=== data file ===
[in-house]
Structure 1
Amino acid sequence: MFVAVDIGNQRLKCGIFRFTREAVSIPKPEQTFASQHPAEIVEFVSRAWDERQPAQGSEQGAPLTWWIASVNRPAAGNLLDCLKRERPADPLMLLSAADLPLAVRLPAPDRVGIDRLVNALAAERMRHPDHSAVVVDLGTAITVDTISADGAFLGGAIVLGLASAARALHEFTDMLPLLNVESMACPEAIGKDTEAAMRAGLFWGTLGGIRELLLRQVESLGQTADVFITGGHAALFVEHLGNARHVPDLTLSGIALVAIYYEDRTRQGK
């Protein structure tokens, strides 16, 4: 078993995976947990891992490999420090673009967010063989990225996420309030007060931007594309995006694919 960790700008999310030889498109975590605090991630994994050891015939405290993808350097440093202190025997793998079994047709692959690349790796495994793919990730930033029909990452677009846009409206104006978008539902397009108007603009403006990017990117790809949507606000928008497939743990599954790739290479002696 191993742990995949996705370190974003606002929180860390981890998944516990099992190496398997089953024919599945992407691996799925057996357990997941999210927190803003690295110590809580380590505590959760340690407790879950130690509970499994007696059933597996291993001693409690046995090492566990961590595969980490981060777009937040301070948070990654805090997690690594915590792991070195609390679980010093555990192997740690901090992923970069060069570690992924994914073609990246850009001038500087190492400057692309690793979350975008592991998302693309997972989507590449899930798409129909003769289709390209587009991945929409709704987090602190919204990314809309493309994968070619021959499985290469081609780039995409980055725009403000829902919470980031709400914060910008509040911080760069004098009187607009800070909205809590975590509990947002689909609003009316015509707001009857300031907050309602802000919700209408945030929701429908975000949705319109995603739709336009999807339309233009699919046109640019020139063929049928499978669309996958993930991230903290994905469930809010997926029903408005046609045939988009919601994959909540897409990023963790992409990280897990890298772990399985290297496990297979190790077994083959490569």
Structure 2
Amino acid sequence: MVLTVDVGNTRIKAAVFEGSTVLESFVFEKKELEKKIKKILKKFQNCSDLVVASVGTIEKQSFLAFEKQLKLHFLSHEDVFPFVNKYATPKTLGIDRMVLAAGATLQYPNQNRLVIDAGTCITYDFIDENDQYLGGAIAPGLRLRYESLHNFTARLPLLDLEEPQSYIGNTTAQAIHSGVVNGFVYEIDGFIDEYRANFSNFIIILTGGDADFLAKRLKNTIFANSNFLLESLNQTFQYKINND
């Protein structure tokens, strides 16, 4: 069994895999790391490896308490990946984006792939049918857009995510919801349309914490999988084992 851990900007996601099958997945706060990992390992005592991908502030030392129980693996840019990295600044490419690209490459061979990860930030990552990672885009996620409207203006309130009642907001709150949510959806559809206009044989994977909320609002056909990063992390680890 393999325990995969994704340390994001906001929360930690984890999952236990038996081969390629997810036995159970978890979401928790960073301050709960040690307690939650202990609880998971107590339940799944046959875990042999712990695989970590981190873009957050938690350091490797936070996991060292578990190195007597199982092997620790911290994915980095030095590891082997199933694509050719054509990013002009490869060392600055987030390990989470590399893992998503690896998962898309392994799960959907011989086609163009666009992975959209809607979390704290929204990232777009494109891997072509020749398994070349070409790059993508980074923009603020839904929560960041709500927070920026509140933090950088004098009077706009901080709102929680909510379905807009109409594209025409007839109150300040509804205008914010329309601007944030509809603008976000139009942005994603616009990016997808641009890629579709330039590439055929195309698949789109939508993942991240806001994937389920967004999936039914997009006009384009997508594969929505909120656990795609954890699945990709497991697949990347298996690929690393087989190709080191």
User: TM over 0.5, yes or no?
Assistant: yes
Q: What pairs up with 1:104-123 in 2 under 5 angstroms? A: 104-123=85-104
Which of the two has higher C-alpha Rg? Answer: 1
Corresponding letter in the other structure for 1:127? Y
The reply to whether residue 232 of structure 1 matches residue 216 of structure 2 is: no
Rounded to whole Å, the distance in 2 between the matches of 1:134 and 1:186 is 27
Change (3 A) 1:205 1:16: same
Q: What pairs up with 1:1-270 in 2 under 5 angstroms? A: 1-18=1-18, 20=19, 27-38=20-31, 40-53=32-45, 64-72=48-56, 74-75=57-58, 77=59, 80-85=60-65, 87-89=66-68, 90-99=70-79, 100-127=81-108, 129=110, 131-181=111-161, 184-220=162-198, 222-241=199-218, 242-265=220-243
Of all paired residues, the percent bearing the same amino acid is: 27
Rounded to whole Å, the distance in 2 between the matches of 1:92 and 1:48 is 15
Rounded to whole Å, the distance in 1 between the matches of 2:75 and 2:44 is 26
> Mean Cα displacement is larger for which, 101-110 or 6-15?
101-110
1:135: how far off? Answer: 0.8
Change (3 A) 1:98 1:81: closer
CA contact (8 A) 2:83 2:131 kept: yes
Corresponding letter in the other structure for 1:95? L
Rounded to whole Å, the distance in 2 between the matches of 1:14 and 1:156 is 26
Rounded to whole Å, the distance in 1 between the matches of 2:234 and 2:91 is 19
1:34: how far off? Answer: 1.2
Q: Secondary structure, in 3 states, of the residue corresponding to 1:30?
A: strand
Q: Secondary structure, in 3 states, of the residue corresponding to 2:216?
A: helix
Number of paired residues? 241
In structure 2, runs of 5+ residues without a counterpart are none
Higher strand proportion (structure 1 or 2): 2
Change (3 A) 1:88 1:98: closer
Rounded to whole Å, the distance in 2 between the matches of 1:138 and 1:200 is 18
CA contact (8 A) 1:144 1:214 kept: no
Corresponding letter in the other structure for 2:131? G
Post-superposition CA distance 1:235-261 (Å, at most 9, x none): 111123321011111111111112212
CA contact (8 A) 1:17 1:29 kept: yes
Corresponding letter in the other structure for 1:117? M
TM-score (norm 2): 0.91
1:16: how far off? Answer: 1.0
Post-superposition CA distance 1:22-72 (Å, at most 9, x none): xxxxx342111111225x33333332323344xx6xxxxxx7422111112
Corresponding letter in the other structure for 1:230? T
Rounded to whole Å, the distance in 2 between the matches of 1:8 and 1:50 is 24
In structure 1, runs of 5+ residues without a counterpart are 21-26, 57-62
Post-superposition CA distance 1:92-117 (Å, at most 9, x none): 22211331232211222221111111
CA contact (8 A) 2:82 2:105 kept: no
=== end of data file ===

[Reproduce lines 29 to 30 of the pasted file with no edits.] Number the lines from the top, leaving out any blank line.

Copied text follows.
Q: Secondary structure, in 3 states, of the residue corresponding to 1:30?
A: strand